J. Mater. Sci., 2005 (DOI: 10.1039/b414682d) reported:
Nanotube thin films
Ning Pan and colleagues at the University of California at Davis, US, have discovered a simple but effective way of preparing
carbon nanotube (NT) thin films from concentrated colloidal suspensions. The films are flexible in nature and have highly ordered
structures. Carbon NT thin films are advantageous in that no binder is needed and therefore they may form excellent electrode material
for supercapacitors with high power density.
Fig(left) SEM images showing the surfaces of nanotube films prepared from suspensions using different solvents:
(a) distilled water
High Performance of our New Electrode
Fig(below) The CV at high scan rate of supercapacitors fabricated using our technique
Clothing designed around functionality has been around for a few years now: crumple free shirts that needs no ironing and teflon coated fabrics that resist greasy stains are a couple.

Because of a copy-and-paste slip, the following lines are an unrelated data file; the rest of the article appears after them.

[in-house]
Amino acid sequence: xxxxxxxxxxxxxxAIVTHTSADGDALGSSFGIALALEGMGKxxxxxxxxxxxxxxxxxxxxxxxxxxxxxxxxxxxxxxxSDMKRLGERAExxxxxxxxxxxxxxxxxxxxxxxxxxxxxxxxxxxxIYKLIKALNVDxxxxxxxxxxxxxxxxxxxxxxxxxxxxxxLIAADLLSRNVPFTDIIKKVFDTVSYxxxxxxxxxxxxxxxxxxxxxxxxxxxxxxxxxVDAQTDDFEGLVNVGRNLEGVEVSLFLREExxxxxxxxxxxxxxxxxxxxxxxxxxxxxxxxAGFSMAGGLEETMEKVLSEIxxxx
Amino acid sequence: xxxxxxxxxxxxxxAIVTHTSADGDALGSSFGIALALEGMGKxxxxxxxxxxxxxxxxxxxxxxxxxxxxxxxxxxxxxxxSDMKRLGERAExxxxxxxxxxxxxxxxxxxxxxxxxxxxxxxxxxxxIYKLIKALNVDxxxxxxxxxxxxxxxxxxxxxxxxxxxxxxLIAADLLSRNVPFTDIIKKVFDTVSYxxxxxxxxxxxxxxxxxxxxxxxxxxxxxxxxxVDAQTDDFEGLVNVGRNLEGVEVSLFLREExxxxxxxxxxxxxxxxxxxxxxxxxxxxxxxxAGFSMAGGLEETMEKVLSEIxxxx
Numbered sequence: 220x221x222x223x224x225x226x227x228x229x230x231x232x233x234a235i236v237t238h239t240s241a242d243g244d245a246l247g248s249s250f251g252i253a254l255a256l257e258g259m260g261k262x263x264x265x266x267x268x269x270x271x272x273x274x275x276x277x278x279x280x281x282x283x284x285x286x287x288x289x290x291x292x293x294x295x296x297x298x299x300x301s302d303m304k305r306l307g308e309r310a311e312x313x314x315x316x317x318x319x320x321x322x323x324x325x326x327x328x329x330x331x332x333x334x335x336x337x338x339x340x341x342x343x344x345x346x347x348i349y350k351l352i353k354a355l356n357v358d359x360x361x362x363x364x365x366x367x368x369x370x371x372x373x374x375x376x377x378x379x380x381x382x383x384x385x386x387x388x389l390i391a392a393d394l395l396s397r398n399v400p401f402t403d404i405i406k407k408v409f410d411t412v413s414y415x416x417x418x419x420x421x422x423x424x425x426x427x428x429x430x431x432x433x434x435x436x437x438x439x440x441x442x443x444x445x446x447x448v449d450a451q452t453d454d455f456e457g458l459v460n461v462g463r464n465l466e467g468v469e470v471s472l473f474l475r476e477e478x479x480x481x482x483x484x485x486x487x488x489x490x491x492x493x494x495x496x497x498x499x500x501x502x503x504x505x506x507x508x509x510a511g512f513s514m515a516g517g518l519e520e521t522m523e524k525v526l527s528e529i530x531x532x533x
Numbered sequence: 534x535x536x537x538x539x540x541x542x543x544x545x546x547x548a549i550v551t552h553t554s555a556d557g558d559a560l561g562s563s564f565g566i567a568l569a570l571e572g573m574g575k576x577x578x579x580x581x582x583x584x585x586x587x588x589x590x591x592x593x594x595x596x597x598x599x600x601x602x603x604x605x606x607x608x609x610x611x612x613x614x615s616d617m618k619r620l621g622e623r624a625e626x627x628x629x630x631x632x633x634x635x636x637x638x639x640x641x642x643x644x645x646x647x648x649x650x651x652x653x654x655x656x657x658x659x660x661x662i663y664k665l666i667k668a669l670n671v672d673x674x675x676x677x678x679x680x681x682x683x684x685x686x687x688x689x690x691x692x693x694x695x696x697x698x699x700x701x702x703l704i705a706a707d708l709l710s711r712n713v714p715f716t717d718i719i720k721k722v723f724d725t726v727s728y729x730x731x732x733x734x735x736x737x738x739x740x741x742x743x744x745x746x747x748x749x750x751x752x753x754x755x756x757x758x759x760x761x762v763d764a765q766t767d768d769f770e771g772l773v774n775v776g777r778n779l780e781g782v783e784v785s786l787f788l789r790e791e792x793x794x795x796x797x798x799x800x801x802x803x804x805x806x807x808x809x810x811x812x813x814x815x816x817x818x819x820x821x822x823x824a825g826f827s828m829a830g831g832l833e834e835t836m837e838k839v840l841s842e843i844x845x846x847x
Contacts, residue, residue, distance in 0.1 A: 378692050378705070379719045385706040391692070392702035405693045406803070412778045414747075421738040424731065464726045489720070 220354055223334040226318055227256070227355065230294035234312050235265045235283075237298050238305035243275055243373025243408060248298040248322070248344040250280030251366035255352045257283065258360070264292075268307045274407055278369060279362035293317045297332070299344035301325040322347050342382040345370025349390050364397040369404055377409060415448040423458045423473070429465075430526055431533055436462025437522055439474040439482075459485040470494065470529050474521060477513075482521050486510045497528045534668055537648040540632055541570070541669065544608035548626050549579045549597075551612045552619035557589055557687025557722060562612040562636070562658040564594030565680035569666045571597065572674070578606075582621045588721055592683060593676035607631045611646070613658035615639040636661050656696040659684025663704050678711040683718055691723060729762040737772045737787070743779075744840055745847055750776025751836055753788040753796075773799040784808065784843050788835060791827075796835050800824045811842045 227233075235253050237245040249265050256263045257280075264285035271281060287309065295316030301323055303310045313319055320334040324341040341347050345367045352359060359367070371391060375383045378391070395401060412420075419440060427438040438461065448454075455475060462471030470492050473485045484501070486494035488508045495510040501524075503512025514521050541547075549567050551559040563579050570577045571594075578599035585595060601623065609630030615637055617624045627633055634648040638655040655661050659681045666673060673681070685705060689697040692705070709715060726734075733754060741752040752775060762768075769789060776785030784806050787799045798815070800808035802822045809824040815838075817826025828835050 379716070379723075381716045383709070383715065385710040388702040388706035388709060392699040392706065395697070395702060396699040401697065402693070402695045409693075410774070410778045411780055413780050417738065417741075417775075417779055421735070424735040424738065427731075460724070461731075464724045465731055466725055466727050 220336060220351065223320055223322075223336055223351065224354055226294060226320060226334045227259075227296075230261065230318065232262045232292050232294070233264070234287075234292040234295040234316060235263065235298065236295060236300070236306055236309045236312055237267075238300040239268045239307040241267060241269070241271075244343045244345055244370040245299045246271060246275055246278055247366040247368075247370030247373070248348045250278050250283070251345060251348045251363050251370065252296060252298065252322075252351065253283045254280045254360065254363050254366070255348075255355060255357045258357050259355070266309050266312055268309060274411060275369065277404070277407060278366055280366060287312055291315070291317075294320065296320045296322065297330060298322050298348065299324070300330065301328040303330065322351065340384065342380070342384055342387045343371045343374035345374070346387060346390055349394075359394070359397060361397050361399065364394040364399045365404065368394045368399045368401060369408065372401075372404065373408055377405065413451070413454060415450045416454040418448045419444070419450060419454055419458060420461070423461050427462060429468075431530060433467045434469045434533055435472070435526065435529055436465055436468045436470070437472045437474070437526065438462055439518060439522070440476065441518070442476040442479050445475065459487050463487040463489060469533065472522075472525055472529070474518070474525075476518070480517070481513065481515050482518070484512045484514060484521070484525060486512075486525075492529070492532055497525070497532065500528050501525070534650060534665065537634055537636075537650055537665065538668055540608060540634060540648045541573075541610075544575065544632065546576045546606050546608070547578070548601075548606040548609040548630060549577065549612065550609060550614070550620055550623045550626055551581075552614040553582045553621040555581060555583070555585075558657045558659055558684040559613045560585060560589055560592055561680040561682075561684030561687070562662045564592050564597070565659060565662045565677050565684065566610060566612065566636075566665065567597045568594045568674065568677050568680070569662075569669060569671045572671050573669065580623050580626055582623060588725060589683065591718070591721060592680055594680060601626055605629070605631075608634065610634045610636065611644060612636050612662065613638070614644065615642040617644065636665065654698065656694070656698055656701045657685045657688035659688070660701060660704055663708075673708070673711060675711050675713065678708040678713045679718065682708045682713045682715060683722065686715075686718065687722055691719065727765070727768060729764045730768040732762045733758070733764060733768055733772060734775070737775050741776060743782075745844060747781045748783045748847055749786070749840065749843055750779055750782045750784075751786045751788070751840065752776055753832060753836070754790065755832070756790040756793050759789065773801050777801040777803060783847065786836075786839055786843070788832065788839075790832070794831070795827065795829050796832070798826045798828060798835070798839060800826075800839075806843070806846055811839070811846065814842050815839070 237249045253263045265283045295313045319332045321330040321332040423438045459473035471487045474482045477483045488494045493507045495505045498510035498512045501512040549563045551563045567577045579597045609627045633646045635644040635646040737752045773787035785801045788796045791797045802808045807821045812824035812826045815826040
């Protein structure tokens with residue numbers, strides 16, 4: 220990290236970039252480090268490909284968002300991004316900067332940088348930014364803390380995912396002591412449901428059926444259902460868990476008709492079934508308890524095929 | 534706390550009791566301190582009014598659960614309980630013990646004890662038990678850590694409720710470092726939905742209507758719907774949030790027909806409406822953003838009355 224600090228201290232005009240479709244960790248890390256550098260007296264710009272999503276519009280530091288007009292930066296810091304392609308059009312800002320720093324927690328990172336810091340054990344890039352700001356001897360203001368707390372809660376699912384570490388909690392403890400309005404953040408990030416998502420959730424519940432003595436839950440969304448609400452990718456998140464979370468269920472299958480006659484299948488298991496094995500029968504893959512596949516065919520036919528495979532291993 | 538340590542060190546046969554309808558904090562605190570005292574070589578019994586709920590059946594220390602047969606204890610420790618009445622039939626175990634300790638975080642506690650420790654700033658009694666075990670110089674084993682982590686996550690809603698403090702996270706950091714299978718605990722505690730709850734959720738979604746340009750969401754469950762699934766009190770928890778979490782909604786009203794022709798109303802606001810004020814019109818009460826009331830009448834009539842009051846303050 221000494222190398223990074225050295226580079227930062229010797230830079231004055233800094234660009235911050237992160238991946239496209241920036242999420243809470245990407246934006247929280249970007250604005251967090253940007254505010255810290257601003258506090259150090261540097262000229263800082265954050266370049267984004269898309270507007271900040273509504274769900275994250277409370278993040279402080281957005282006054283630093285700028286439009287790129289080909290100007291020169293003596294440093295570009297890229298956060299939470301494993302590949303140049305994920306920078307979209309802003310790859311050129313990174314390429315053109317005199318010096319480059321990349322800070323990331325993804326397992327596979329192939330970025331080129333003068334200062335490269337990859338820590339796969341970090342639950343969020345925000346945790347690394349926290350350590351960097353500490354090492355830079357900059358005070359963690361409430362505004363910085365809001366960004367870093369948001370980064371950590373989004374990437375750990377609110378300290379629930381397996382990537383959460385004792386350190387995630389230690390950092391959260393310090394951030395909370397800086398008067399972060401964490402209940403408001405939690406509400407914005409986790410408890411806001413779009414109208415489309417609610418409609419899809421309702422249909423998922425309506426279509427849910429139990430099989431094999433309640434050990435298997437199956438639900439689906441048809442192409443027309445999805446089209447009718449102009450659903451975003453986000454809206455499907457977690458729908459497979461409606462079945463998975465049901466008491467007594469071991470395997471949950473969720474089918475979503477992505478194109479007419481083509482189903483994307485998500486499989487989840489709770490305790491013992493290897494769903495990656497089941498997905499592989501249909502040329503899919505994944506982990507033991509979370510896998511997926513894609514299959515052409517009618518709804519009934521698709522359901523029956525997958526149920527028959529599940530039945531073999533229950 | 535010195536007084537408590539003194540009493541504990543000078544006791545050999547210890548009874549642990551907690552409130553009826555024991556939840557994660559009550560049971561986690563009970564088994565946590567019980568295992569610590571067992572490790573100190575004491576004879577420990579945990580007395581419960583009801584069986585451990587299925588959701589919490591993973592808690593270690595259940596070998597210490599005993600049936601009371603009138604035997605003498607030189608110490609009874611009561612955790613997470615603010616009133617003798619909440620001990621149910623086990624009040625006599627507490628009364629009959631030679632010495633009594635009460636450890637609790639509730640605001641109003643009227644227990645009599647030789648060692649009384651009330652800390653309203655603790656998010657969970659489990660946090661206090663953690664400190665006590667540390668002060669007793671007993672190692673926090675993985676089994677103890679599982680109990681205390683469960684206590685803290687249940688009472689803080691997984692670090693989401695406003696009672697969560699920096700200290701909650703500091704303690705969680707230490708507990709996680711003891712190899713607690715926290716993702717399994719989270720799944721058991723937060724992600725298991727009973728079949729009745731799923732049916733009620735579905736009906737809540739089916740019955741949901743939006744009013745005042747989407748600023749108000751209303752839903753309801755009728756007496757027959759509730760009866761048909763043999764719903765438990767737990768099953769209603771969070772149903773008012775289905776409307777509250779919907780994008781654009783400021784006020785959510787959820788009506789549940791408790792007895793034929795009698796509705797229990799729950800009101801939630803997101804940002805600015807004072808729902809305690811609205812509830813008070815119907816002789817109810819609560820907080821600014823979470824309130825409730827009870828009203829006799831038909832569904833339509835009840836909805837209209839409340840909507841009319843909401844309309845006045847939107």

Scientists, not normally known for their fashion sense could be the leaders in tomorrow's fashion stakes. Right at the forefront of the textile industry intelligent clothing is being developed that revolutionises our perception of clothes.
Smart clothing, or I-Wear may not look radically different but incorporates an array of conducting strands interwoven with textile yarn which enable it to become sensory and provide information that assists the wearer.
This technology has the potential to have a big impact on our daily lives from work, leisure and health. In work, phones could be integrated into the lapels of our jackets and the pockets could record meetings. In health and sport clothing could be produced that senses if the wearer becomes too cold and then warms their body with the aid of battery or stored solar power. It could also keep a check on the user's health with the aid of a heart monitor and if problems occur let a hospital know by transmitting information to the nearest hospital.
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